This may come as no surprise to Connecticut parents who already share child custody, but experts are now saying it is nearly always the best option for children. Despite this, mothers are still most often awarded full custody of the kids with fathers only getting a small amount of parenting time.
Why does this inequity still exist in modern times? According to child experts like professor of adolescent and educational psychology, Linda Nielson, many courts still believe that conflict between parents is harmful to children. Nielson, on the other hand, believes differently and has a study’s findings to strengthen her case.
This new study found that parental conflict has been given an exaggerated role in child custody awards. Nielson and others like her say that conflict between parents should not be the focus of child custody decisions. Instead, the professor found that the quality of the child’s relationship with each parent was more important than any parental conflict.
Putting these findings in easy-to-understand language, the study showed that children in a shared child custody arrangement were healthier and happier overall than children in a skewed custody arrangement. Further, it appears that children in a joint physical custody situation experience fewer teen pregnancies and less substance use, according to Dr. Ned Holstein, another childhood authority.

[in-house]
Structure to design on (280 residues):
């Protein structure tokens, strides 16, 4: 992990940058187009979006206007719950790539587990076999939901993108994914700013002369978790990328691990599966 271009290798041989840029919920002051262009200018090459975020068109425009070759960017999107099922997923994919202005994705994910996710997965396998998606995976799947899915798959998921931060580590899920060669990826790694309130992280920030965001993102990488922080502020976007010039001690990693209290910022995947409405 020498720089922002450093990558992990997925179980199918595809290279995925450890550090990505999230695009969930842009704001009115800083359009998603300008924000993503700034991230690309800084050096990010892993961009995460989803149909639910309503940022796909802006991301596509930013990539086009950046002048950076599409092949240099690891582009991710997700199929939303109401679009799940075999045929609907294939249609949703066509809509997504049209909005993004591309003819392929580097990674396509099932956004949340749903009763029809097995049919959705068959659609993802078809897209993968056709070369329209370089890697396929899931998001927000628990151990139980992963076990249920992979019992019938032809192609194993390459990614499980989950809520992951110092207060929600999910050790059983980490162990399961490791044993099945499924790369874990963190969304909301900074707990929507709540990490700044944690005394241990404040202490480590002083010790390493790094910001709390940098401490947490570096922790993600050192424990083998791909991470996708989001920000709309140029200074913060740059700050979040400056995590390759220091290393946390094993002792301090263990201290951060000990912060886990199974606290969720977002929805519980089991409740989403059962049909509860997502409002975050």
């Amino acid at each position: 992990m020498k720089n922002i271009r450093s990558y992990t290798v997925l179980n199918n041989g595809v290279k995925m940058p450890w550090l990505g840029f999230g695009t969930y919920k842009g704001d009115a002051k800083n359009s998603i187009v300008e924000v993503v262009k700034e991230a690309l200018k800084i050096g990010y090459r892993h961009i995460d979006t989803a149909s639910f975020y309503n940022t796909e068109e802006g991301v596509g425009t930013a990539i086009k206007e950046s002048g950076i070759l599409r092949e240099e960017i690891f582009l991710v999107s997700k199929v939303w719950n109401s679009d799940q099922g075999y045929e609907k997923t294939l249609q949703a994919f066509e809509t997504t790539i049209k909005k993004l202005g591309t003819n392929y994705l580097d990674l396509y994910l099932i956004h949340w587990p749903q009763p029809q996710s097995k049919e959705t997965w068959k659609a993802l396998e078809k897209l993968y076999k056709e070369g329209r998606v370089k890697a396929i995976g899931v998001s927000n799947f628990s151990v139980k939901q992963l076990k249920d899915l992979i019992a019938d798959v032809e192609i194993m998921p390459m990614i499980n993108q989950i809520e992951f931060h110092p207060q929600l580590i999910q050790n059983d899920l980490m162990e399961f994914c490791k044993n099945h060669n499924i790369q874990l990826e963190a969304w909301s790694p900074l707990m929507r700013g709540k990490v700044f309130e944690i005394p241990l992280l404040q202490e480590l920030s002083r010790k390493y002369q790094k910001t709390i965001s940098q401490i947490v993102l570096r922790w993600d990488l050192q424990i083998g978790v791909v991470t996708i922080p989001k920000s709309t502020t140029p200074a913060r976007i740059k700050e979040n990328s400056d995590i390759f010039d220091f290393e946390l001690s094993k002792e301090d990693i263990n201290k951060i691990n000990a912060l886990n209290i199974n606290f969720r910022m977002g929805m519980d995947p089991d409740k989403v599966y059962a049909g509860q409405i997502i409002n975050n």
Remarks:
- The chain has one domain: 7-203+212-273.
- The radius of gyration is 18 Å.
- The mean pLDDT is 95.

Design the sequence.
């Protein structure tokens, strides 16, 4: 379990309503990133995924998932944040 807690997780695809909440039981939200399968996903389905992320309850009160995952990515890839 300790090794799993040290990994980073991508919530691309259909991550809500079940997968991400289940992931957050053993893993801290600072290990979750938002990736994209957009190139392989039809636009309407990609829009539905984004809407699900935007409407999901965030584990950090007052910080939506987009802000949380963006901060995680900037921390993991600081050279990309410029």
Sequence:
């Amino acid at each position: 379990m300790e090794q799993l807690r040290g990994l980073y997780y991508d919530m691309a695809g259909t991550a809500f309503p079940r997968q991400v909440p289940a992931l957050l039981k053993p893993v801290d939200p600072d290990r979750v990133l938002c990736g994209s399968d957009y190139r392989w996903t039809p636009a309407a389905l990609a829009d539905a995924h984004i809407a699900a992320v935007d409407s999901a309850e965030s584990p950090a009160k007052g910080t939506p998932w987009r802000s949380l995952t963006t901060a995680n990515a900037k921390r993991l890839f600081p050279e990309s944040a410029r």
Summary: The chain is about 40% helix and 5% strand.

Obviously, shared child custody is not always viable, but parents would do well to consider it as an option instead of dismissing it outright. One way to approach the possibility of shared or joint physical custody is by asking a family law attorney for some experience-based insight into your family situation and your divorce.
Source: The Columbian, “New research supports sharing child custody,” Gail Rosenblum, Sep. 13, 2017